Components

Chain Guides buying guide

Category: Components

Chain guides buying guide

The demands of high-octane gravity riding and aerial acrobatics – as seen in the disciplines of Downhill racing (DH), Freeride (FR), Enduro and Bike Park/Slopestyle – have led to the evolution of specialised parts.

Among these are chain guides (also known as chain devices or chain retention systems), which are designed to ensure that your chain stays securely in place over rough terrain.

Read on to find out more about the different types that are available and to help you choose which one is right for you.

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Chain guide spares
Chain guides


WHICH CHAIN GUIDE IS RIGHT FOR YOU?

Chain guide design varies from manufacturer to manufacturer, with each claiming advantages over their competitors, but the principles remain the same.

The majority of chain guides consist of a machined aluminium back plate which attaches to the frame at the bottom bracket. Mounted to the back plate are one or more guides through which the chain travels, keeping it securely in place. The number of guides used will vary from product to product, with some designs incorporating a guide at the top and bottom, and others just using a bottom guide.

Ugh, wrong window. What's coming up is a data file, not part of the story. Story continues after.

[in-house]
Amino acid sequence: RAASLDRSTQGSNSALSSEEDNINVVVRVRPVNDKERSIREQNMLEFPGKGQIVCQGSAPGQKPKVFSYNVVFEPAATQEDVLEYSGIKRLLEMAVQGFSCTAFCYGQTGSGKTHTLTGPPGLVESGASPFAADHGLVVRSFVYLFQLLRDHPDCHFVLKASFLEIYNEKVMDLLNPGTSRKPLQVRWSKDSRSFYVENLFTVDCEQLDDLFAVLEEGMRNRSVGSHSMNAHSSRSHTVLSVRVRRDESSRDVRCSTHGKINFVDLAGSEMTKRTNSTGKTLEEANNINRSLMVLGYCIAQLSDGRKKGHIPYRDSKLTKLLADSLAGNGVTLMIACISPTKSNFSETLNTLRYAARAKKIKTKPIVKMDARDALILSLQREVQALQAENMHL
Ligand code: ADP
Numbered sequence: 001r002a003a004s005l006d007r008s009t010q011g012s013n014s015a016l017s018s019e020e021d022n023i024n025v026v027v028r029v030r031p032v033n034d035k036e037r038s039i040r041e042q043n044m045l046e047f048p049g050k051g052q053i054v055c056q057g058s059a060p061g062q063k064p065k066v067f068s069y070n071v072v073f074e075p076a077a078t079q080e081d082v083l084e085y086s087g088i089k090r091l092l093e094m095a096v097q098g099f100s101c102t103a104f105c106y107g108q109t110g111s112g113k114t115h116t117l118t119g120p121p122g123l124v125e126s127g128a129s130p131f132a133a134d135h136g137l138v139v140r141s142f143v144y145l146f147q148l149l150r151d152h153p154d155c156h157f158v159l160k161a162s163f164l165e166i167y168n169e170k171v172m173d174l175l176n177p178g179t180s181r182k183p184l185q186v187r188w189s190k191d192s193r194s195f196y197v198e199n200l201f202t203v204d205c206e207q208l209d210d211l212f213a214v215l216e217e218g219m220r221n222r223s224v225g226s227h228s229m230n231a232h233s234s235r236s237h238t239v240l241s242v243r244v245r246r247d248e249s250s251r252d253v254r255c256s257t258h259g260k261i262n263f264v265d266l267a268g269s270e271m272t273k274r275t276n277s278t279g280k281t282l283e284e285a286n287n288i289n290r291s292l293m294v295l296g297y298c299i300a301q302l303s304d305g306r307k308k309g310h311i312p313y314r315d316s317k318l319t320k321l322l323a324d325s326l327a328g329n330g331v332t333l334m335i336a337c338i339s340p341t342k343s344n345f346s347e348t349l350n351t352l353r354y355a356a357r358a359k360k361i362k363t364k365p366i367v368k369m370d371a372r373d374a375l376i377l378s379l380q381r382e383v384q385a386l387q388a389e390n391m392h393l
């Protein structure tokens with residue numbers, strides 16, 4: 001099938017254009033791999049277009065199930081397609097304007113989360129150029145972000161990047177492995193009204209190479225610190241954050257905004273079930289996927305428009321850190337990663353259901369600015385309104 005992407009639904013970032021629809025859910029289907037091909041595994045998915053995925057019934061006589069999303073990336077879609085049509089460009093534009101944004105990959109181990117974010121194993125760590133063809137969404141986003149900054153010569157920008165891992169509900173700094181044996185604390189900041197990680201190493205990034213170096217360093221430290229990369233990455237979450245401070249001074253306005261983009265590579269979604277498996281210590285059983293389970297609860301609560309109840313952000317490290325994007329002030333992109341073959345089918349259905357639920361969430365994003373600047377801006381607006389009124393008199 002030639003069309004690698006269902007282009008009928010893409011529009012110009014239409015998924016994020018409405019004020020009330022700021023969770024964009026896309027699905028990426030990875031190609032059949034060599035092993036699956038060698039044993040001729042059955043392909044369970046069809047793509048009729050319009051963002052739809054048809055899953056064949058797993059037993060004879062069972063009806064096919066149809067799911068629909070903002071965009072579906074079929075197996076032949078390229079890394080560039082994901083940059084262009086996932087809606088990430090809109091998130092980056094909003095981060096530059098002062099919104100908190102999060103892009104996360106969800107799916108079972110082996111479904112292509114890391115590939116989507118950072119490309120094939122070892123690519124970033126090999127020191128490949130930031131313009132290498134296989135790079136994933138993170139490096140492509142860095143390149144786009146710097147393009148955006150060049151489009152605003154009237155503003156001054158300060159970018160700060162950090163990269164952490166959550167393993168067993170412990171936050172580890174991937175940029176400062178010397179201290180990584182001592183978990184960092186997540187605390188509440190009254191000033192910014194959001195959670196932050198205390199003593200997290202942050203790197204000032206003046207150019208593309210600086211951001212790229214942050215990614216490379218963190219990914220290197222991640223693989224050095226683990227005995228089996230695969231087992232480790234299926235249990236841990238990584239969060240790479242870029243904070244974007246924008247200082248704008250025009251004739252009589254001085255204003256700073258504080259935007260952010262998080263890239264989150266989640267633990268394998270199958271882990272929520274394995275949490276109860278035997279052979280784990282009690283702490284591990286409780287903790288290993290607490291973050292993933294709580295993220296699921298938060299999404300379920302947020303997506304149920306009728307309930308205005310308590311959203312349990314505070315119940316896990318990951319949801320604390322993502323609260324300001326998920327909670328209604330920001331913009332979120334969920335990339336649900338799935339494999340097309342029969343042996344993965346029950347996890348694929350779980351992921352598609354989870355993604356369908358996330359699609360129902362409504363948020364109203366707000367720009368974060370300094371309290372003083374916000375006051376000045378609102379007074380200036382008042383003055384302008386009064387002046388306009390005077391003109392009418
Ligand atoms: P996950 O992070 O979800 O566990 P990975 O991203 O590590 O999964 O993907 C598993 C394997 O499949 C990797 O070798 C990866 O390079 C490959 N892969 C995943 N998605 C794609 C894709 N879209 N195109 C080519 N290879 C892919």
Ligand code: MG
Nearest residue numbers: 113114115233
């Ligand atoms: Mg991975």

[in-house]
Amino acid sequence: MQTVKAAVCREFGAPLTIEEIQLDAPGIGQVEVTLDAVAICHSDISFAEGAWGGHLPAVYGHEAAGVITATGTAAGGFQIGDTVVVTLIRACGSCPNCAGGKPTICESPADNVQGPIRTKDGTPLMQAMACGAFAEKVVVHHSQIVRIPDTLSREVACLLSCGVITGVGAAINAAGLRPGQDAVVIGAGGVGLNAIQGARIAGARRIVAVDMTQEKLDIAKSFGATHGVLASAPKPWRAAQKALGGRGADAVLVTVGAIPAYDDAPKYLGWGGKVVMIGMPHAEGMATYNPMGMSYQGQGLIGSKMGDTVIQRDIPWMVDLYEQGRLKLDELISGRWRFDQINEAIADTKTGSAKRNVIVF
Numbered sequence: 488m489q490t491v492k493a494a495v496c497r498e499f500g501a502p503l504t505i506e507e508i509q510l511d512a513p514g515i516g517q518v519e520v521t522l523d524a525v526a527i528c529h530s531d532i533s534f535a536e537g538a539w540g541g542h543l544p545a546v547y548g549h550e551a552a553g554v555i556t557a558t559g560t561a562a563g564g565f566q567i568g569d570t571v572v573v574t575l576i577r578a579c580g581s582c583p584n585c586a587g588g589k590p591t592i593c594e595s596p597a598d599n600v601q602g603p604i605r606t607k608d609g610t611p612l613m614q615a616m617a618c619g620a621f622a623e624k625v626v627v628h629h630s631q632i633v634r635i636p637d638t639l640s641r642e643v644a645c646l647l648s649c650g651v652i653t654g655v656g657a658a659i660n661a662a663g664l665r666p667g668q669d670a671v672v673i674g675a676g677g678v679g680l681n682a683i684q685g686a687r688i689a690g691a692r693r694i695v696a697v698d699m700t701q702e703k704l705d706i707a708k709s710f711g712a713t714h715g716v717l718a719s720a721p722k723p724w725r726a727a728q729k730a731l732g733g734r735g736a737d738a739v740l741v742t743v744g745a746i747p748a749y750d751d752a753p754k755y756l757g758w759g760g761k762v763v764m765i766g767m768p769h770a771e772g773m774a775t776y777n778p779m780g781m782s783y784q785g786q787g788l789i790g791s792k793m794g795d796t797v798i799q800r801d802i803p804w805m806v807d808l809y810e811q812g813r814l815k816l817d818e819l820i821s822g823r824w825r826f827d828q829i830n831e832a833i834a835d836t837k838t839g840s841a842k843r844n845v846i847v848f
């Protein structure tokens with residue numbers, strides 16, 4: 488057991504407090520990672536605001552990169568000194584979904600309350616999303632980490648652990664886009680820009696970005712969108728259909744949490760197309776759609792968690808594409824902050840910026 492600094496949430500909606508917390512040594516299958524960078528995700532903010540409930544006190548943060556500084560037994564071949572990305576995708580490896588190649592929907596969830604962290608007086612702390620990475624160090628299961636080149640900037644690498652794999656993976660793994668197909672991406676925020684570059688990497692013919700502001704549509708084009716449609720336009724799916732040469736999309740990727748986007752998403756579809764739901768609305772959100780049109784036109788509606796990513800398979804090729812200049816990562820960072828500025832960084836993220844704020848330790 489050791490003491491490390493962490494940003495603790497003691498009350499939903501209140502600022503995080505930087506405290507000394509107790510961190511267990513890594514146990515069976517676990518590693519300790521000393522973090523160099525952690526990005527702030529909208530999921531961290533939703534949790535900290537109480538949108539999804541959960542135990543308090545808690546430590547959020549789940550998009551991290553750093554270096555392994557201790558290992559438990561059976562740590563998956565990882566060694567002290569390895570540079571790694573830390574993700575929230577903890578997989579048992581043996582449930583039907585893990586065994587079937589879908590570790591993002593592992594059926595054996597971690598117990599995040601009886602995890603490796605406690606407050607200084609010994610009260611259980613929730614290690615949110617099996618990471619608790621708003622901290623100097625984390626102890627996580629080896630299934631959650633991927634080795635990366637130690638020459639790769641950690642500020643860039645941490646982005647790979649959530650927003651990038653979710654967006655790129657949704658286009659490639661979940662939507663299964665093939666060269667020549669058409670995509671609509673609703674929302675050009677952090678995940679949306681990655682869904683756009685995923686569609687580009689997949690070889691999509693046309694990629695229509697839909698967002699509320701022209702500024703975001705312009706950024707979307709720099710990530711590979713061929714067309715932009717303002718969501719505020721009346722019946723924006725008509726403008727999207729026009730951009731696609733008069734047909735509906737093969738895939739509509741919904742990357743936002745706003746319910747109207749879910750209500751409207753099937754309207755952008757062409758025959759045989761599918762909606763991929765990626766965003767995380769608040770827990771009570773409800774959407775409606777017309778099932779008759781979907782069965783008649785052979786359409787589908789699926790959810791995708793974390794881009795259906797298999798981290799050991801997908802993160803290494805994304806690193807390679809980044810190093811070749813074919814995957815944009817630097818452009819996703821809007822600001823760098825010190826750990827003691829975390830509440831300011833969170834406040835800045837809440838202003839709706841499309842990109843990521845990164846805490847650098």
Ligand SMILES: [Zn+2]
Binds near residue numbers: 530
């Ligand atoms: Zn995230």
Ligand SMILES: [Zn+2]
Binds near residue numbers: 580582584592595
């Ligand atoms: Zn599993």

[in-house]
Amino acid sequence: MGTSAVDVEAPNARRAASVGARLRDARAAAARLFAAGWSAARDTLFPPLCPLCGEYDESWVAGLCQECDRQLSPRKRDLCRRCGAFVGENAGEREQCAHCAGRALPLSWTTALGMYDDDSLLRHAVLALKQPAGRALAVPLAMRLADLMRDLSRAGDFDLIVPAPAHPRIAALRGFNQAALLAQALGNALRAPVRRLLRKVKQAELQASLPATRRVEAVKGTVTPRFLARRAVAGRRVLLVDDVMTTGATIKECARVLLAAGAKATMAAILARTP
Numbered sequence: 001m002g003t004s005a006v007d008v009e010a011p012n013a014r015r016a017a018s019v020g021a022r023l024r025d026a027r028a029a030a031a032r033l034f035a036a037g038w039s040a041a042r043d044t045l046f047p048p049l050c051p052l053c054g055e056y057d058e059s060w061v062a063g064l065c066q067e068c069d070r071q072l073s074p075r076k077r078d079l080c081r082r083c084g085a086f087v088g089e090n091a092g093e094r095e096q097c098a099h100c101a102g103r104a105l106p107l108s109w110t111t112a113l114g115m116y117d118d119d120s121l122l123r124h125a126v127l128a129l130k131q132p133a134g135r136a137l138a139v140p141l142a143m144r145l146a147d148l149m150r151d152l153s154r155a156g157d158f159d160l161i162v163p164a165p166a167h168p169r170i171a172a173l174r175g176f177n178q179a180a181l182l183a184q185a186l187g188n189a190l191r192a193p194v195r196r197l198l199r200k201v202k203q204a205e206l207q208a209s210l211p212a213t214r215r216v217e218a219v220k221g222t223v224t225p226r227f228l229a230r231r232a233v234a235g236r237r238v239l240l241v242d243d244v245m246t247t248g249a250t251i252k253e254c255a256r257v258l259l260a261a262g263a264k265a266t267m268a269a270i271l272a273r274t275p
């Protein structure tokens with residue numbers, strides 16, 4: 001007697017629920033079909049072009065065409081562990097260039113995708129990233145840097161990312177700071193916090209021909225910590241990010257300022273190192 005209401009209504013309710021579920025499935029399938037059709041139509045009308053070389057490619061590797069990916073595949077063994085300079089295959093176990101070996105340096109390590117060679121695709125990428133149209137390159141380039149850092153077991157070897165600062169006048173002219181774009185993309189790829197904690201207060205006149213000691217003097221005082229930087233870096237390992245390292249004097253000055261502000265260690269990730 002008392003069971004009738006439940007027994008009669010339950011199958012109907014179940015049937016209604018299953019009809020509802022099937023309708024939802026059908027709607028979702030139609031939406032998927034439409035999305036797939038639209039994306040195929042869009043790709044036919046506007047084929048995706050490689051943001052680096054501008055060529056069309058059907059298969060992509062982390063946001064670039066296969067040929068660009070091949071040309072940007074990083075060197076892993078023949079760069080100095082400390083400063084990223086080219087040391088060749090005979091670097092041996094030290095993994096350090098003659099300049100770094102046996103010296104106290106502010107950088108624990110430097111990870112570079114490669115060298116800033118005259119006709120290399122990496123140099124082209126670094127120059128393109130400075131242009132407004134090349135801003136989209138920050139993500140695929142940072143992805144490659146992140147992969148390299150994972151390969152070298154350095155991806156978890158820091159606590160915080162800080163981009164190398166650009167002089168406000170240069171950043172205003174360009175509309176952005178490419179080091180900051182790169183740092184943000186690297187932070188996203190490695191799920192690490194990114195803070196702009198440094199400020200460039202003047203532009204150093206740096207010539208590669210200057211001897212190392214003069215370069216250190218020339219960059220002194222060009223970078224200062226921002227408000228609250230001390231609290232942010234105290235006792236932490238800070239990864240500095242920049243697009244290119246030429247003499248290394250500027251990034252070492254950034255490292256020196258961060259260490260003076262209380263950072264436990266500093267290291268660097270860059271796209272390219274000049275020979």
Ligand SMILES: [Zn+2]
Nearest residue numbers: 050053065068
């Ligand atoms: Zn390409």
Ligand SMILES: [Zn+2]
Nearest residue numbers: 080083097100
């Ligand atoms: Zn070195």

Again, guide design will vary from product to product – some manufacturers use rollers or jockey wheels to keep the chain running smoothly while others feature enclosed sliders which it is claimed will save weight. Whatever system is used the idea is to keep the chain running through the guide with minimal friction and noise.

Chain guides are typically used in conjunction with a bash guard, an alloy or polycarbonate plate that is fitted to the chainset in place of the largest chainring and which prevents rocks, logs and other trail or racetrack obstacles from damaging chainrings.

Many new chain guides also feature an integrated bash guard to eliminate the need for a separate bash ring. This typically takes the form of a shaped piece of polycarbonate which attaches to the back plate of the chain guide and protects the vulnerable underside of the chainrings from impacts. Again, the idea behind this is to save weight, but most can be removed if the rider prefers to used a ‘normal’ bash ring.


Chain guide parts may become worn over time or damaged in crash impacts. A wide range of spare and replacement parts is available including guide sliders and rollers, adaptors and backplates, bolts and mounting clamps, upper and lower guide bodies and more.

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Chain Reaction Cycles

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